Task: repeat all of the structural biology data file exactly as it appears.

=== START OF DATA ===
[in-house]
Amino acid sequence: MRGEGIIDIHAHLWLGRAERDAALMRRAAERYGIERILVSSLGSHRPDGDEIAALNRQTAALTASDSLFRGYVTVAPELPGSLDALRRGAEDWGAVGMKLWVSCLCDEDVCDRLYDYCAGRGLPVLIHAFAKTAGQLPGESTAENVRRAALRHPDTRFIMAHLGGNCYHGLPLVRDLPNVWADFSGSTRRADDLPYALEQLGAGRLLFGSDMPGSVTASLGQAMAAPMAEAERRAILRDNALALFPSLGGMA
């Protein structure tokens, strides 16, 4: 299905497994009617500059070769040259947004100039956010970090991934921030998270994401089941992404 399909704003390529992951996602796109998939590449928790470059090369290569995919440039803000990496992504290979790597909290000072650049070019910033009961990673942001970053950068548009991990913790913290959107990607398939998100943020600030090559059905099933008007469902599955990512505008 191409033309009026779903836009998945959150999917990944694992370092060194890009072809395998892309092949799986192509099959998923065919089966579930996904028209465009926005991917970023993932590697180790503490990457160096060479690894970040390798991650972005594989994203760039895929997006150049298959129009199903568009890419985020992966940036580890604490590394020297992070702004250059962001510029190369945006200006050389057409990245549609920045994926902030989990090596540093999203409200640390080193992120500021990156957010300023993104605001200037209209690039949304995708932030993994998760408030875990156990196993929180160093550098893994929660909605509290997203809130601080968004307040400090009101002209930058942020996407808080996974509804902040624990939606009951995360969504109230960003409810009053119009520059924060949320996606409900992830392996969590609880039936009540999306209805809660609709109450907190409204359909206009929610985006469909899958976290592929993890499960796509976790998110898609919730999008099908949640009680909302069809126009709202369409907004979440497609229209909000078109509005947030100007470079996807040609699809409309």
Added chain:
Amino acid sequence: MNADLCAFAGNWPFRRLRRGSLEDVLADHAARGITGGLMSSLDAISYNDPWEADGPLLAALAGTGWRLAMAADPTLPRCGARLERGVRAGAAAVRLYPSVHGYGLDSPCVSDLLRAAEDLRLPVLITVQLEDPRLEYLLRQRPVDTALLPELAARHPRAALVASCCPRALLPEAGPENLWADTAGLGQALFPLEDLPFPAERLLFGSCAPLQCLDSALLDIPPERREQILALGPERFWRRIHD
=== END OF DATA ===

[in-house]
Amino acid sequence: MRGEGIIDIHAHLWLGRAERDAALMRRAAERYGIERILVSSLGSHRPDGDEIAALNRQTAALTASDSLFRGYVTVAPELPGSLDALRRGAEDWGAVGMKLWVSCLCDEDVCDRLYDYCAGRGLPVLIHAFAKTAGQLPGESTAENVRRAALRHPDTRFIMAHLGGNCYHGLPLVRDLPNVWADFSGSTRRADDLPYALEQLGAGRLLFGSDMPGSVTASLGQAMAAPMAEAERRAILRDNALALFPSLGGMA
């Protein structure tokens, strides 16, 4: 299905497994009617500059070769040259947004100039956010970090991934921030998270994401089941992404 399909704003390529992951996602796109998939590449928790470059090369290569995919440039803000990496992504290979790597909290000072650049070019910033009961990673942001970053950068548009991990913790913290959107990607398939998100943020600030090559059905099933008007469902599955990512505008 191409033309009026779903836009998945959150999917990944694992370092060194890009072809395998892309092949799986192509099959998923065919089966579930996904028209465009926005991917970023993932590697180790503490990457160096060479690894970040390798991650972005594989994203760039895929997006150049298959129009199903568009890419985020992966940036580890604490590394020297992070702004250059962001510029190369945006200006050389057409990245549609920045994926902030989990090596540093999203409200640390080193992120500021990156957010300023993104605001200037209209690039949304995708932030993994998760408030875990156990196993929180160093550098893994929660909605509290997203809130601080968004307040400090009101002209930058942020996407808080996974509804902040624990939606009951995360969504109230960003409810009053119009520059924060949320996606409900992830392996969590609880039936009540999306209805809660609709109450907190409204359909206009929610985006469909899958976290592929993890499960796509976790998110898609919730999008099908949640009680909302069809126009709202369409907004979440497609229209909000078109509005947030100007470079996807040609699809409309």
Added chain:
Amino acid sequence: MNADLCAFAGNWPFRRLRRGSLEDVLADHAARGITGGLMSSLDAISYNDPWEADGPLLAALAGTGWRLAMAADPTLPRCGARLERGVRAGAAAVRLYPSVHGYGLDSPCVSDLLRAAEDLRLPVLITVQLEDPRLEYLLRQRPVDTALLPELAARHPRAALVASCCPRALLPEAGPENLWADTAGLGQALFPLEDLPFPAERLLFGSCAPLQCLDSALLDIPPERREQILALGPERFWRRIHD